An alpha version is available for purchase now via on the SoundSelf website for Windows and Mac users (Linux support forthcoming), along with a pre-order option. We want to congratulate Robin and wish him the best as he finishes his transformational project!

Indie Fund Now Backing Gorogoa

Monday, September 22nd, 2014

Gorogoa Top

As this year’s excellent Fantastic Arcade comes to a close, we are happy to announce that Jason Roberts’s Gorogoa is now being supported by Indie Fund. Although the game initially appears to be a simple point-and-click adventure with sliding tile elements, players tumble down the rabbit hole when they realize that pieces of the scene can be pulled from one picture to another. Each delicately-illustrated panel operates under its own unique logic, and players must gently tease out their curious inter-relationships in order to progress.

Gorogoa is Jason’s first major release, yet it has already won awards in Visual Art from IndieCade and the Independent Games Festival. Indie Fund partner Aaron Isaksen explains its success so far: “Gorogoa is just jaw-droppingly beautiful, and this is especially remarkable because it’s one person doing the programming, design, and artwork. If this was a children’s book it would win the Caldecott Medal. The gameplay is also quite intriguing; the connections that you make between locations, objects, and visuals is deliciously non-linear in a way we don’t experience in the real world.”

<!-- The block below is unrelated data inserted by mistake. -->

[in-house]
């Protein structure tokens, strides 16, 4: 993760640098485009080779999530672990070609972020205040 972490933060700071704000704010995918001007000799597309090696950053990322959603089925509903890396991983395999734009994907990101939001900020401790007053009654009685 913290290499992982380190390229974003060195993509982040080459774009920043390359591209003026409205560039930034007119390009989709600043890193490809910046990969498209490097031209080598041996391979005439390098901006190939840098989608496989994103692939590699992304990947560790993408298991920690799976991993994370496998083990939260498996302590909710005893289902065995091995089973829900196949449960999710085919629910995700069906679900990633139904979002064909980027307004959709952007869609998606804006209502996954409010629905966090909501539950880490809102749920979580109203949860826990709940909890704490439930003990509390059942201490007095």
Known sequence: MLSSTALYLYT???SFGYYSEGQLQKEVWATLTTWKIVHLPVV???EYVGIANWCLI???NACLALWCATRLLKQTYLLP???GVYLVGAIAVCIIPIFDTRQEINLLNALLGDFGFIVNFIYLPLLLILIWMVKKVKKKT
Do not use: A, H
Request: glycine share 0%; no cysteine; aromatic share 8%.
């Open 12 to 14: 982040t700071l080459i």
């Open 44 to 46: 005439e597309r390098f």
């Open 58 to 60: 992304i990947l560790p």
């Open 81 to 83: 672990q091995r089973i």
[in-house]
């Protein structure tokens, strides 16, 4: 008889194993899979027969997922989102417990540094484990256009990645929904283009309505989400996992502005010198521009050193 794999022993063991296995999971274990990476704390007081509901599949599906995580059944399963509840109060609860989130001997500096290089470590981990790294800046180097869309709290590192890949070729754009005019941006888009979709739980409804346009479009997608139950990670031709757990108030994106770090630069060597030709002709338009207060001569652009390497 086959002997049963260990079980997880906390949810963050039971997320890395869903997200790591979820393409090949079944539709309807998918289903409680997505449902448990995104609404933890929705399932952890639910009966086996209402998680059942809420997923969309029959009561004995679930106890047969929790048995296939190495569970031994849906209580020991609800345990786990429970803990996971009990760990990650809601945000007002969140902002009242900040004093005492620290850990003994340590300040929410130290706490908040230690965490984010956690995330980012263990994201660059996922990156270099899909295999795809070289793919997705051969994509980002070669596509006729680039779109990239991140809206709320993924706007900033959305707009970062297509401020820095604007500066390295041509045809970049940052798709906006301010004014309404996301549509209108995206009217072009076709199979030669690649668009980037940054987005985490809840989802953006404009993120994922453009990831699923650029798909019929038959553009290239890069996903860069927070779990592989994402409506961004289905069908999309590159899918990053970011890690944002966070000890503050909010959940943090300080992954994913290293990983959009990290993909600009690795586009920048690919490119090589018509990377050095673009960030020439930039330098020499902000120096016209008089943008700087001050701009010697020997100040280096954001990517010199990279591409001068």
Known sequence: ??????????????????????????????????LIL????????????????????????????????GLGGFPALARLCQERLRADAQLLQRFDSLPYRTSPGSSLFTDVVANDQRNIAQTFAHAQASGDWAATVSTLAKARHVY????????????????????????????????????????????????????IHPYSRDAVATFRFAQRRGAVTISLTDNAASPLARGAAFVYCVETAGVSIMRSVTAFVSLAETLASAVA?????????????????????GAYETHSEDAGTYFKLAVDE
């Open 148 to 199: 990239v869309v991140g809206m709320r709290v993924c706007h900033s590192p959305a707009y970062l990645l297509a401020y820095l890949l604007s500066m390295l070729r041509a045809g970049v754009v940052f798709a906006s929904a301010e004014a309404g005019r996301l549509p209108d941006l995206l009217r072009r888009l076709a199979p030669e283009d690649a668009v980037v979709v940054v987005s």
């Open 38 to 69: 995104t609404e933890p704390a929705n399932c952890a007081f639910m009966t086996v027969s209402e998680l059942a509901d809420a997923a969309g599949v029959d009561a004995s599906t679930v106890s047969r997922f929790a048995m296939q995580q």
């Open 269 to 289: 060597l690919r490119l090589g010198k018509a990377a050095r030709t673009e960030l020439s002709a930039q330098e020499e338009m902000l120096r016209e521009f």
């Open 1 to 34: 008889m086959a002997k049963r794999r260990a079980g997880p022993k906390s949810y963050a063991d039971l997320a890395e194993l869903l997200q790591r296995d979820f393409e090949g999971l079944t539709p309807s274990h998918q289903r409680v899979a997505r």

We would like to congratulate Jason for the long, hard work he has put into Gorogoa so far. The game will be available for Windows and Mac in early 2015, with a mobile release to follow. Check out the Gorogoa Twitter feed and website for news on its development over the coming months.